. you can either right-sweep the phrase (drag across it while holding down the right button).com -a tyty.s/abc/def/g where the comma denotes an unlimited range of lines. The use of the left and middle buttons has already been described. "Look" means "find the next occurrence of this text and select it.coraid. including the use of mouse-button "chords" (combinations). In addition. type Edit . (The left button selects text in all of the ways that work in rio. To do this to a phrase that contains a space.coraid. or MacOS system. Drawterm acts like the console of a Plan 9 system. Normally. is described in man acme. available from /sys/src/cmd/unix/drawterm or http://swtch. Communicating with personal computers To access a Plan 9 system from a Linux.11  You can execute "Look" without an argument. To do a search-and-replace throughout the file. 4. drawterm mounts the root directory of the (first) hard disk of your PC into /mnt/term in addition to whatever is already mounted there. you will write a script to start drawterm with the right CPU server and authentication server as arguments. In particular. That is not a problem.com Under Windows. Mouse usage A quicker way to find the next occurrence of a word is to right-click the word itself.6. When drawterm launches. Windows." You can type other commands after the bar. in which case it will use the selected text in the editing panel as its argument. you can create windows in the usual way.) Much more information about acme. Either way. Any command from the editor sam can be typed in acme this way. 3. add start /w at the beginning of the command to give drawterm its own window. if you type Edit s/abc/def/g you change all occurrences of abc to def throughout the selection (not throughout the file). or select it (by leftdragging) and then right-click on it. such as: drawterm -c minooka. you will run a terminal emulator called drawterm. it will complain that it "cannot chdir to" a directory on your PC. That enables you to copy files back and forth between Plan 9 and the PC .com.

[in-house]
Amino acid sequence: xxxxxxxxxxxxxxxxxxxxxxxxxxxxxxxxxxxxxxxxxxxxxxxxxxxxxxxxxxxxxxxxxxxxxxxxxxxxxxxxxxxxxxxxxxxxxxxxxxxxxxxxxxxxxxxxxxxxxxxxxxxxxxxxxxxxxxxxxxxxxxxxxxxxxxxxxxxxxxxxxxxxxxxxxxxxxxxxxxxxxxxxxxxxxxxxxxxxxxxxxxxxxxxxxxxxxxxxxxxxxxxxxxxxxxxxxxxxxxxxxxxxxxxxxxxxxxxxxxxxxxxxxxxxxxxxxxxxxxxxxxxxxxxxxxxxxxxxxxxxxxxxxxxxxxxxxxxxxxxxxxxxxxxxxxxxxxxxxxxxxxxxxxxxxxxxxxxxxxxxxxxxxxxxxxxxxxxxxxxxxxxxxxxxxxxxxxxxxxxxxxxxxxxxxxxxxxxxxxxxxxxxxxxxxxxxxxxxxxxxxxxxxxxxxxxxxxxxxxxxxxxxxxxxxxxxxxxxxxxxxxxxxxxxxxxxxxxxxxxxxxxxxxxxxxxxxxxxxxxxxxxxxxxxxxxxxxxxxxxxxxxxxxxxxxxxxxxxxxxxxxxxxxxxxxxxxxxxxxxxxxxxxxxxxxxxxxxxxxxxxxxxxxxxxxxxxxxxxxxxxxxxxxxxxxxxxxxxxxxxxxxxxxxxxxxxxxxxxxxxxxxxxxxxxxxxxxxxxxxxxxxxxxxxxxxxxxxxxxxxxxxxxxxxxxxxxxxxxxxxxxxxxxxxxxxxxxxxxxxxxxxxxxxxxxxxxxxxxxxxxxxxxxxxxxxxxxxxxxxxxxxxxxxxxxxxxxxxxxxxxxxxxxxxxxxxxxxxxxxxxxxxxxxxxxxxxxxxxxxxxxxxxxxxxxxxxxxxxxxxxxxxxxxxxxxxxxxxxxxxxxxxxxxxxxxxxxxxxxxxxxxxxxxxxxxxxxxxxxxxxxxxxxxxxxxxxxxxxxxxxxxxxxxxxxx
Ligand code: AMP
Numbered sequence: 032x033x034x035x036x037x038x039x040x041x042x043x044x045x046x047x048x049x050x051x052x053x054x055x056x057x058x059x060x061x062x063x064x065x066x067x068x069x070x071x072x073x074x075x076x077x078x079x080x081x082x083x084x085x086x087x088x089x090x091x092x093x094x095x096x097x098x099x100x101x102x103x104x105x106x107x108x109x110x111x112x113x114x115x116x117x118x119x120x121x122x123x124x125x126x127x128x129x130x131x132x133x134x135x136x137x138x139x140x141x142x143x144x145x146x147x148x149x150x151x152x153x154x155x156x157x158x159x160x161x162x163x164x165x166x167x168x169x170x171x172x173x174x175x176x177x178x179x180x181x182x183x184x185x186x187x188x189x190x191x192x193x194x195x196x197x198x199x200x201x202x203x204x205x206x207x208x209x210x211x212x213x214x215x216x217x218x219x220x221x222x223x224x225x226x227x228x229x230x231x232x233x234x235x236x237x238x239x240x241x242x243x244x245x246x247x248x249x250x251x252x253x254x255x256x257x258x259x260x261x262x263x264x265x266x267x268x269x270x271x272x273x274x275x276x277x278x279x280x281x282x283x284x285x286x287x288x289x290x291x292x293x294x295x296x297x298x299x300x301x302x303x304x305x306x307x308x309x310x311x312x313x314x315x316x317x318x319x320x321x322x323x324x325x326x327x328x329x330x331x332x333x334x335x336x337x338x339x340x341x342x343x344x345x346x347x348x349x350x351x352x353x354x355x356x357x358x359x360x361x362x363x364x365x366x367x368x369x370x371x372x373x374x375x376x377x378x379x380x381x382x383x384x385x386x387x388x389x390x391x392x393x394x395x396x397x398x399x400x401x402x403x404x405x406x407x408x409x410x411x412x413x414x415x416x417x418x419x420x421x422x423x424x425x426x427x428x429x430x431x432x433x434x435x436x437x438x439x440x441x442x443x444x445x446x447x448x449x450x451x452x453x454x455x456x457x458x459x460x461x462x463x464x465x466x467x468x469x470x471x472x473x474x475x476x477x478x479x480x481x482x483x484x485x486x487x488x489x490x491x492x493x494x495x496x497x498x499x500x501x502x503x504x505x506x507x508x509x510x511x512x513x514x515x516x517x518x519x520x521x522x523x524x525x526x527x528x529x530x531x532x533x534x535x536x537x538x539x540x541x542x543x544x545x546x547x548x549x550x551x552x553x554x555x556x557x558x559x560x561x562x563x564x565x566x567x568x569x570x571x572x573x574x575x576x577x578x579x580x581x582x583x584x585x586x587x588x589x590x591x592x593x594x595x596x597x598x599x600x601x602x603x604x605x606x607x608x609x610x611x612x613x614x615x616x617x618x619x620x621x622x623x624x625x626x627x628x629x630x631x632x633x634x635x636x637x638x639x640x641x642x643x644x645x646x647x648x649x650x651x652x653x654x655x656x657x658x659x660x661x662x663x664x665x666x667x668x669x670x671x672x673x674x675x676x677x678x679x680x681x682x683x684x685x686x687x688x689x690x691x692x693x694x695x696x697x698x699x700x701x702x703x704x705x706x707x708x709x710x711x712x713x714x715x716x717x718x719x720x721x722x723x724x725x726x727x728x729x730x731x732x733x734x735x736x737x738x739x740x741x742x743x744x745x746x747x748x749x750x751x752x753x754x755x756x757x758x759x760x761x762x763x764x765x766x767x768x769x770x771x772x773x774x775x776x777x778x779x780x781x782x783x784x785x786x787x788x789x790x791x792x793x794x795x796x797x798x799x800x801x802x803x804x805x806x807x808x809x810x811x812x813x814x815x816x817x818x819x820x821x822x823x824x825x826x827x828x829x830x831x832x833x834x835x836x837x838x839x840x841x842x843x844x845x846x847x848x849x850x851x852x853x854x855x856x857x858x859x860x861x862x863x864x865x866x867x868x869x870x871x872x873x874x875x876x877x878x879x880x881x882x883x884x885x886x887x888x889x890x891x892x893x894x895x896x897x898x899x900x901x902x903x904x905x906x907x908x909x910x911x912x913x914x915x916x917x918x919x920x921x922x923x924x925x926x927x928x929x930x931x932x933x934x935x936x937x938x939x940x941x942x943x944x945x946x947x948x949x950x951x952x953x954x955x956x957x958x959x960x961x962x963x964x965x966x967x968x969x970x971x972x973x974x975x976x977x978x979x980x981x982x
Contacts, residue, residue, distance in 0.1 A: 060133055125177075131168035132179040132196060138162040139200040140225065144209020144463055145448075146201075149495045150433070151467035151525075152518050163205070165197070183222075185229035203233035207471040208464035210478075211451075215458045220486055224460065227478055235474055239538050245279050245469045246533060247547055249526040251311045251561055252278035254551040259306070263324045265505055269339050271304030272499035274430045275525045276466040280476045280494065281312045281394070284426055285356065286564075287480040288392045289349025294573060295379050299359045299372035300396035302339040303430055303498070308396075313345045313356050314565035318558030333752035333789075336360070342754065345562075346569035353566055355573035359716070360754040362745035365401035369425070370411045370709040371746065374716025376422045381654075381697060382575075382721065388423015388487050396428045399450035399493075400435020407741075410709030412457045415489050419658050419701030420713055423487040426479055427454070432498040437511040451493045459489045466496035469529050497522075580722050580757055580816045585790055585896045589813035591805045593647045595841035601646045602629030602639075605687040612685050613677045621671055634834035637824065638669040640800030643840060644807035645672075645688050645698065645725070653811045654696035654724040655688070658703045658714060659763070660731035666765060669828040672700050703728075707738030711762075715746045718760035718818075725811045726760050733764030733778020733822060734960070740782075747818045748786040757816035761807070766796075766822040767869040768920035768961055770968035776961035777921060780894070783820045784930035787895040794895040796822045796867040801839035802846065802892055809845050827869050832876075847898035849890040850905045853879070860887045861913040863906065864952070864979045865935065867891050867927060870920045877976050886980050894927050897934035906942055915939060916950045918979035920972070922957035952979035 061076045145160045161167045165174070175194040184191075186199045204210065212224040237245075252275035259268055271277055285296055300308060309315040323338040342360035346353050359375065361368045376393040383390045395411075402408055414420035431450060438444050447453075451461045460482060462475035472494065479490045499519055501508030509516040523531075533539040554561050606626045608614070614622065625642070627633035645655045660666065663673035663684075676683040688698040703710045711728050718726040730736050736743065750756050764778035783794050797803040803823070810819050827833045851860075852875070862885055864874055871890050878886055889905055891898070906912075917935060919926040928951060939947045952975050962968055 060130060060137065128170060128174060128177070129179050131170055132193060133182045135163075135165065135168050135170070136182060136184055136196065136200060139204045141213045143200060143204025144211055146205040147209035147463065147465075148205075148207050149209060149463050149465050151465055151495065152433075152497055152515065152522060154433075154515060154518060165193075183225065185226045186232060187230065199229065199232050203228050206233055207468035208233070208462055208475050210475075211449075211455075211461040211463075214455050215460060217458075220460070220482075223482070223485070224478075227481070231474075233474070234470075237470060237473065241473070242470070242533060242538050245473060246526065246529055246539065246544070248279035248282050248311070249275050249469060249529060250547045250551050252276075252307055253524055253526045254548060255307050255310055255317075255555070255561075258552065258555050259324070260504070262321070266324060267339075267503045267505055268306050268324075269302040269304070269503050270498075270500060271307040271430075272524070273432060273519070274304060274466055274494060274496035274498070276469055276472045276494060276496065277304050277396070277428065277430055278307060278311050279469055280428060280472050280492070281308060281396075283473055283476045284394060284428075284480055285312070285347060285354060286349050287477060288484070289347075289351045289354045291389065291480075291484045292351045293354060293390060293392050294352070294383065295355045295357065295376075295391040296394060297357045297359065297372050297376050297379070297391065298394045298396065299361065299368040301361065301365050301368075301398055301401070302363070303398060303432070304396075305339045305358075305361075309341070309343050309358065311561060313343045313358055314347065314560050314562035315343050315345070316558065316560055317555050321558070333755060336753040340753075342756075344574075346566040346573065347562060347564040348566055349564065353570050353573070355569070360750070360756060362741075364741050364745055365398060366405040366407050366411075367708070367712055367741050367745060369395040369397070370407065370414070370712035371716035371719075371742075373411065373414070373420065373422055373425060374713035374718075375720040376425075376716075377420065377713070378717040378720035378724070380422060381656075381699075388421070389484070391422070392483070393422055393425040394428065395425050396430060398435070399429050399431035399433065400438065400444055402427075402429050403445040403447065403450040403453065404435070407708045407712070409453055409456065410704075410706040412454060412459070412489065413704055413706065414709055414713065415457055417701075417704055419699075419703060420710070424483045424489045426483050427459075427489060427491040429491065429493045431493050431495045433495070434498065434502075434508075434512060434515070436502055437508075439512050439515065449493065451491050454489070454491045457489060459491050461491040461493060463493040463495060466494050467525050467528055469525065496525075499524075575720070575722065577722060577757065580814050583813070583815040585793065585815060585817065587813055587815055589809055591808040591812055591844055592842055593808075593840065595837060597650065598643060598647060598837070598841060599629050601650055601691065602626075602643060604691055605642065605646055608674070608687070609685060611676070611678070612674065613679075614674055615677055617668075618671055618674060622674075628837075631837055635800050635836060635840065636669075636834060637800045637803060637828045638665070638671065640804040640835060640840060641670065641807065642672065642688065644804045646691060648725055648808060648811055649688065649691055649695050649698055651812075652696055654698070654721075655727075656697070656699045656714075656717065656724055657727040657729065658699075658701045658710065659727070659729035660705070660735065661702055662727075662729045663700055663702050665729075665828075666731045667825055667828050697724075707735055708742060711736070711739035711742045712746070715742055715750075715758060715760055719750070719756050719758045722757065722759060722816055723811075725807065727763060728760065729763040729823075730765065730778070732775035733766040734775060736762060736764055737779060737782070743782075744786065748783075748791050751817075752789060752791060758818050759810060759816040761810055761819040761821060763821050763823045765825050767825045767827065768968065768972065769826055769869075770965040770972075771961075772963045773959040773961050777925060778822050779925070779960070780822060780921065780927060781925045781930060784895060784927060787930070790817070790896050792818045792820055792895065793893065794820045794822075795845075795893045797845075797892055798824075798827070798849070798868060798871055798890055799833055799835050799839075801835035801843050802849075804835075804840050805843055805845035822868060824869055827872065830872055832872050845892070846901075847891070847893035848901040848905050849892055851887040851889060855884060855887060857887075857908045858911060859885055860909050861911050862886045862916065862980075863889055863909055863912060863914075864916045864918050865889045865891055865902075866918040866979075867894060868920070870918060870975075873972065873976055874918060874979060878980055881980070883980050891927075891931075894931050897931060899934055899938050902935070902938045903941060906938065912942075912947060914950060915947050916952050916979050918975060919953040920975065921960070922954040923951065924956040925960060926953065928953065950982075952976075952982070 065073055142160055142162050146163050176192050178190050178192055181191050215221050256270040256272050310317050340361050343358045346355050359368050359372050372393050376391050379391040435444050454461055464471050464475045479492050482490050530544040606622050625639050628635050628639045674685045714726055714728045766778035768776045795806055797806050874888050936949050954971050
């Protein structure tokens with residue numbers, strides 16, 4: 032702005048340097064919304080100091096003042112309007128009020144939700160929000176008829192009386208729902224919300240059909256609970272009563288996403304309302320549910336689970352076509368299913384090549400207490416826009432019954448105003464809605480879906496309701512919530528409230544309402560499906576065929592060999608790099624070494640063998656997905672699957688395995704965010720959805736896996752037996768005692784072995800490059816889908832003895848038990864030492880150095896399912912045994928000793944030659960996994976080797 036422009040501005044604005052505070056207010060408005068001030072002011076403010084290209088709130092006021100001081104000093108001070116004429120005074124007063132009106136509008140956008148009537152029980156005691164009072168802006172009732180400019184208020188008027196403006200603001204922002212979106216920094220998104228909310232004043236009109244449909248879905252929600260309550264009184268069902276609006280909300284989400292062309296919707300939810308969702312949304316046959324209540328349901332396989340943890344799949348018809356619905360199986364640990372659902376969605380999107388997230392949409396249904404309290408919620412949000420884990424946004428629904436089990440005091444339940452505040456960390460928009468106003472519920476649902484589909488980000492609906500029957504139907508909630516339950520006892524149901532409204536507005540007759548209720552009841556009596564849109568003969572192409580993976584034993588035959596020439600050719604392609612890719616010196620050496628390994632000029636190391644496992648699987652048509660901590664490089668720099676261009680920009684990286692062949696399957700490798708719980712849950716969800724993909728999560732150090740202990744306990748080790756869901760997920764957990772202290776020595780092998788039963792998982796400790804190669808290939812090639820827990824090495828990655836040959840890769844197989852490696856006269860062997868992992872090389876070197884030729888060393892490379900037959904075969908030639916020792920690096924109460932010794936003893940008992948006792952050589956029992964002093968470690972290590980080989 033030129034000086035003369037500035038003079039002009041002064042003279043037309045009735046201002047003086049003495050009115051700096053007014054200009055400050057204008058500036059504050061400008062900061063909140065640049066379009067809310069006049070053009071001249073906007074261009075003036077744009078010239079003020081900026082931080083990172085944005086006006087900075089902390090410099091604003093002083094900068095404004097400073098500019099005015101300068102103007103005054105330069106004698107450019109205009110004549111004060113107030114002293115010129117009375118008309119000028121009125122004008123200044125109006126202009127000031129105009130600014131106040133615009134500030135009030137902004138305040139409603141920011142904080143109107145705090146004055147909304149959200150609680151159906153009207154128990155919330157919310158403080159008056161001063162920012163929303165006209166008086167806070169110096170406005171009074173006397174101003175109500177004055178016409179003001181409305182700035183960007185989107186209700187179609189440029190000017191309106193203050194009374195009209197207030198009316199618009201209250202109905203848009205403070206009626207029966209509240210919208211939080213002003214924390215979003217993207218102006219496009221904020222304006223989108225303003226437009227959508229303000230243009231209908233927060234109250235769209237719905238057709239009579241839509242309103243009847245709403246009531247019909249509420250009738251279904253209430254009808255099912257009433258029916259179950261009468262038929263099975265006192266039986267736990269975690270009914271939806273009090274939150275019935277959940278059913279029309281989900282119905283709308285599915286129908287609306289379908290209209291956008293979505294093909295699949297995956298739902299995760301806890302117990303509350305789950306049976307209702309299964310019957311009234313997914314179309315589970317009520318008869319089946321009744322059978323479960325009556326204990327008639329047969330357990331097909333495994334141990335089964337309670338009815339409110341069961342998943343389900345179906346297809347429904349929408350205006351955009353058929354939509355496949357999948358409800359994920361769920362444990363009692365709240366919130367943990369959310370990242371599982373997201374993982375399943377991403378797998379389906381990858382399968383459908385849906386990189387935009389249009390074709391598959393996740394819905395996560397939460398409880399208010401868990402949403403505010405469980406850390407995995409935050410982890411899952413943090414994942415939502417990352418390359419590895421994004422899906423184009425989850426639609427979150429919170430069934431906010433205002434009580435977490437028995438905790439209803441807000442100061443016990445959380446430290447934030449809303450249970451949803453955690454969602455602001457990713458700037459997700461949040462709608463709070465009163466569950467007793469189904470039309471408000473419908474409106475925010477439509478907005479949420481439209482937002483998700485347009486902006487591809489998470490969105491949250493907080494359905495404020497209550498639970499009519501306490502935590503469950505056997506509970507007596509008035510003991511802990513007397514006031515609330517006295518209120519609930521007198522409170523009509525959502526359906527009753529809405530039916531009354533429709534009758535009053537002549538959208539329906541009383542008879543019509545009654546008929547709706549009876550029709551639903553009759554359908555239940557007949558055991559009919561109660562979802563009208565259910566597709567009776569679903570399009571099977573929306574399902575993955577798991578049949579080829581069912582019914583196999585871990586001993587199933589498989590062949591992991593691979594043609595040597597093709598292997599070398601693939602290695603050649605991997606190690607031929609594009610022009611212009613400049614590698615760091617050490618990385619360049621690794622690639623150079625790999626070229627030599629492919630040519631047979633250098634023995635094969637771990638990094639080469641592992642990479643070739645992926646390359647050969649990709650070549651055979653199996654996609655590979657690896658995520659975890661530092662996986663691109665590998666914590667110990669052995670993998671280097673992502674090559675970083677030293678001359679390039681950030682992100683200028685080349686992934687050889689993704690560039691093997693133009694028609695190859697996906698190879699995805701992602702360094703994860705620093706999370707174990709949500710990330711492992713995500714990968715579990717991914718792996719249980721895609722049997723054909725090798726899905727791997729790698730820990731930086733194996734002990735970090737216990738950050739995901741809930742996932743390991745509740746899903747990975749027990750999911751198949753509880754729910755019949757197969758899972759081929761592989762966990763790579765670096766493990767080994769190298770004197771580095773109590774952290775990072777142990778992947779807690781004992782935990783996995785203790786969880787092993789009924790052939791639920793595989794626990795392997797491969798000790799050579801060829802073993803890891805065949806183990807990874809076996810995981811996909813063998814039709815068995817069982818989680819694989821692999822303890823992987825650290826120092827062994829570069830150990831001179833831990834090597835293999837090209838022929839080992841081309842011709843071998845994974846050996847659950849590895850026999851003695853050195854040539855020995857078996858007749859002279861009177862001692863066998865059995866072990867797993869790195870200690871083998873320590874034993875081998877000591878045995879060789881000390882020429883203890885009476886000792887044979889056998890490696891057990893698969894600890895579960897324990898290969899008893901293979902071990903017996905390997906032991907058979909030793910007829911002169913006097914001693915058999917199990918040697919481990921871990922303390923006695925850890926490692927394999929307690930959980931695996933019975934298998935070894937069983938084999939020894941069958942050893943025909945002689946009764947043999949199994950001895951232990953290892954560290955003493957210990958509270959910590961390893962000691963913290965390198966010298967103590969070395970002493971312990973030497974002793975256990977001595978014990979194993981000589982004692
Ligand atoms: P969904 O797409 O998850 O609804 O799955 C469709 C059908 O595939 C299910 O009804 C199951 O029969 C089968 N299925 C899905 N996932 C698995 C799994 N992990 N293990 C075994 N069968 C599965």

A typical command to run troff (at Coraid) is: troff -ms -mpictures myfile. . 6.ms. use page.12 transparently. Reading documentation The man command works as in UNIX. etc. 6. Thus lc /mnt/term/Windows will not show anything. Running troff Troff -ms input files normally have names ending in . as in: man -P lc To view PostScript. but you do not have to specify paging or pipe to more because the Plan 9 screen does not scroll. use the -P option.txt ends up. as in: page myfile.ms | dpost -f | ps2pdf > myfile. Here I give only a quick conceptual orientation to troff. PDF.pdf Page has a middle-button menu for advancing to the next page. and numerous other graphical formats. then pipe it to dpost (which converts it to PostScript). with references to fuller documentation. JPEG. then pipe it to the PDF converter. 5.ms. try a Plan 9 command such as date >/mnt/term/myfile..pdf That is: load the ms and mpictures macro packages and process myfile. Creating documentation with troff The classic UNIX troff program is available in Plan 9 and understands UTF-8encoded Unicode (normal Plan 9 text).txt and see where myfile. To view man pages elegantly converted to PostScript. To sort this out. but you can still read and write particular files on the PC by name. indicating use of the troff -ms macros. The Windows version of drawterm has a known problem  you can read and write the PC’s hard disk but not list its directories.1.